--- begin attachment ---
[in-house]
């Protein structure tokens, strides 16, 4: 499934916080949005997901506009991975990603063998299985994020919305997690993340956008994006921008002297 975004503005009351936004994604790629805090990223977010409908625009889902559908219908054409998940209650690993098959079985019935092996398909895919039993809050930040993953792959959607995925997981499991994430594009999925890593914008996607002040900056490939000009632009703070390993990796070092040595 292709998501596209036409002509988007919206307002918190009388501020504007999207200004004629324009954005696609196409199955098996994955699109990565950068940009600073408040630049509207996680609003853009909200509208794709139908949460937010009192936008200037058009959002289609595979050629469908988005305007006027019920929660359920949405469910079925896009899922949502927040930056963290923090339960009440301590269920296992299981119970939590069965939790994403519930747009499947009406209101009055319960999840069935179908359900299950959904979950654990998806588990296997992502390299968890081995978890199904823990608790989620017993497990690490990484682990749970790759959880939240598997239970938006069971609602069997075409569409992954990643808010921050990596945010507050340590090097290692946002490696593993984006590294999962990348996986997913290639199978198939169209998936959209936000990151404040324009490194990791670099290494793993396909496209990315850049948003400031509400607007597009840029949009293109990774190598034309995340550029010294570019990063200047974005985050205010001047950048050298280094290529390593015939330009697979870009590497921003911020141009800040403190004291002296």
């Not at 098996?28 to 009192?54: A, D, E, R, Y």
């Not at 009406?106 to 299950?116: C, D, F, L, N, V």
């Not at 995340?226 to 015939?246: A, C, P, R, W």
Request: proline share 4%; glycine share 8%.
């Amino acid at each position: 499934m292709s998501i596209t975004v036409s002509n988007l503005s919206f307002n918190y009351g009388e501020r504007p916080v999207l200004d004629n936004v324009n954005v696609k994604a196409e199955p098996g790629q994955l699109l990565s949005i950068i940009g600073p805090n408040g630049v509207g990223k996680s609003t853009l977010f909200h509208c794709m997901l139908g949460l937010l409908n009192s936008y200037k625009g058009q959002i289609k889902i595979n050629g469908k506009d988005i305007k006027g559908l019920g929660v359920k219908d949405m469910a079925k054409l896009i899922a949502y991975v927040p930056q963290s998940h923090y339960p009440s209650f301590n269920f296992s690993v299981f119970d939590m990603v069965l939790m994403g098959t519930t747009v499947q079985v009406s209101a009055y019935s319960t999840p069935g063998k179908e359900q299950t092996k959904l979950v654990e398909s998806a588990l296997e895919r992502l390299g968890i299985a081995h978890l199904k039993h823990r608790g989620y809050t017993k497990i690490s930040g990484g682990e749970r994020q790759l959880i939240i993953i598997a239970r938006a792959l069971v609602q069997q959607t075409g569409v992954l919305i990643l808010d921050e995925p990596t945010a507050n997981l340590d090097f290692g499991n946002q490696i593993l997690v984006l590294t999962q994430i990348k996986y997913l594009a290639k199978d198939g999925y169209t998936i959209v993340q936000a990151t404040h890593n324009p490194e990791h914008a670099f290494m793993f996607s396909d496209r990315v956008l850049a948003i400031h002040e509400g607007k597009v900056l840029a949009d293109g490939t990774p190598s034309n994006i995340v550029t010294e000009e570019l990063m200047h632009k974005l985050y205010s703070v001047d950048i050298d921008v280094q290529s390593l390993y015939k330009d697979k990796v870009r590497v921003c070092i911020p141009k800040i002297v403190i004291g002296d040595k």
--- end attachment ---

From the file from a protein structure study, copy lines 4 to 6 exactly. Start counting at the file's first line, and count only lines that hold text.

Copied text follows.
């Not at 009406?106 to 299950?116: C, D, F, L, N, V």
């Not at 995340?226 to 015939?246: A, C, P, R, W």
Request: proline share 4%; glycine share 8%.